Record type: Article

Abstract

Chronic fatigue syndrome (CFS)/myalgic encephalomyelitis (ME) is indicated by prolonged, medically unex-plained fatigue (amongst other symptoms), not alleviated by rest, and causing substantial disability. There are limited treatments on offer, which may not be effective and/or acceptable for all people, and treatment views are polarised. We, thus, aimed to take a step back from this debate, to explore more broadly preferences for formal and informal support among people with CFS/ME. We used a meta-ethnography approach to examine the substantial qualitative literature available. Using the process outlined by Noblit and Hare, and guided by patient involvement throughout, 47 studies were analysed. Our synthesis suggested that to understand people with CFS/ ME (such as their invisibility, loss of self, and fraught clinical encounters), it was useful to shift focus to a ‘relational goods’ framework. Emotions and tensions encountered in CFS/ME care and support only emerge via ‘sui generis’ real life interactions, influenced by how social networks and health consultations unfold, as well as structures like disability support. This relational paradigm reveals the hidden forces at work producing the specific problems of CFS/ME, and offers a ‘no blame’ framework going forward.

Text
Manuscript CFS_APA anonymised_160820_REVISION1 Clean - Accepted Manuscript
Download (165kB)

More information

Accepted/In Press date: 12 September 2020
e-pub ahead of print date: 16 September 2020
Published date: 1 November 2020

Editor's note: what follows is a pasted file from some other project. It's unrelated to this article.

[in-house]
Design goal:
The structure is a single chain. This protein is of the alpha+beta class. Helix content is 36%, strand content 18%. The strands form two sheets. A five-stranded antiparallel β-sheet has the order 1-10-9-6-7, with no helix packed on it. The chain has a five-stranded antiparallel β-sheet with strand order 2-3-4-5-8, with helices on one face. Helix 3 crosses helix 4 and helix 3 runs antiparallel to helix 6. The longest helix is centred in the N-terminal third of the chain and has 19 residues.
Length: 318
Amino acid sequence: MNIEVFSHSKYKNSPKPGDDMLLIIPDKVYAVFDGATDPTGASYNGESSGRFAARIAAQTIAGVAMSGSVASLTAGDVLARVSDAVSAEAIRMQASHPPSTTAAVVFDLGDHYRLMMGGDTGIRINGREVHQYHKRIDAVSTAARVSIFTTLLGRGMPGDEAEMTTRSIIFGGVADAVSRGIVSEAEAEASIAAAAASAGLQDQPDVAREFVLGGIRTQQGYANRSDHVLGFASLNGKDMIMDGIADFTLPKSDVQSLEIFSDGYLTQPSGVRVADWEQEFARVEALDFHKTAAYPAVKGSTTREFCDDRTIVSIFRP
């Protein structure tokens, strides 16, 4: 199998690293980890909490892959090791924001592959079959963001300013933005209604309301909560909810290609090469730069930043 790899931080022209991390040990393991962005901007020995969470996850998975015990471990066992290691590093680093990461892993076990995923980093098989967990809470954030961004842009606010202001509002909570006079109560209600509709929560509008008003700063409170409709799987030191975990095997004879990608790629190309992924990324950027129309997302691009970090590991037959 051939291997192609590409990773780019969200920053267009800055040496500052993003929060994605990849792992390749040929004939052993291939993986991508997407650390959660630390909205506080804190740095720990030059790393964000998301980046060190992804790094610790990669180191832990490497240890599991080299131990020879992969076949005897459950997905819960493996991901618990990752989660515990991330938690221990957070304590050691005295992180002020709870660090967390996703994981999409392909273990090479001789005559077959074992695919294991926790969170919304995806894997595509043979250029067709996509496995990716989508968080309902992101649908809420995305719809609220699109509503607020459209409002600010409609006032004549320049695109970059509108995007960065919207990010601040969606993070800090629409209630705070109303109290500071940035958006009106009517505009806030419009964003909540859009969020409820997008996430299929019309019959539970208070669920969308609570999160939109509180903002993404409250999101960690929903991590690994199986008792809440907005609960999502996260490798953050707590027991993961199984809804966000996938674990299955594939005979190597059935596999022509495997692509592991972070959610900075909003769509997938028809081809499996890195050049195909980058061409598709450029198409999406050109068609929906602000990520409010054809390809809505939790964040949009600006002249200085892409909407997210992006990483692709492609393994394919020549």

Keywords: Chronic, Chronic fatigue syndrome, Exhaustion, Fatigue, Meta-ethnography: Qualitative, Myalgic encephalomyelitis, Relational goods, Social support, Systematic reviews, Users' experiences, Well-being

Identifiers

Local EPrints ID: 444943
URI: http://eprints.soton.ac.uk/id/eprint/444943
ISSN: 0277-9536
PURE UUID: cfd7e23e-a863-4f42-ab6f-cd93cf165b39
ORCID for Clare McDermott: ORCID iD orcid.org/0000-0001-7389-2116

Catalogue record

Date deposited: 12 Nov 2020 17:33
Last modified: 10 Jan 2022 02:27

Export record

Altmetrics

Contributors

Author: Karen Pilkington
Author: Paul Little
Author: Clare McDermott ORCID iD
Author: Carolyn A. Chew-Graham
Author: Damien Ridge

Download statistics

Downloads from ePrints over the past year. Other digital versions may also be available to download e.g. from the publisher's website.

View more statistics

Atom RSS 1.0 RSS 2.0

Contact ePrints Soton: eprints@soton.ac.uk

ePrints Soton supports OAI 2.0 with a base URL of http://eprints.soton.ac.uk/cgi/oai2

This repository has been built using EPrints software, developed at the University of Southampton, but available to everyone to use.

We use cookies to ensure that we give you the best experience on our website. If you continue without changing your settings, we will assume that you are happy to receive cookies on the University of Southampton website.

×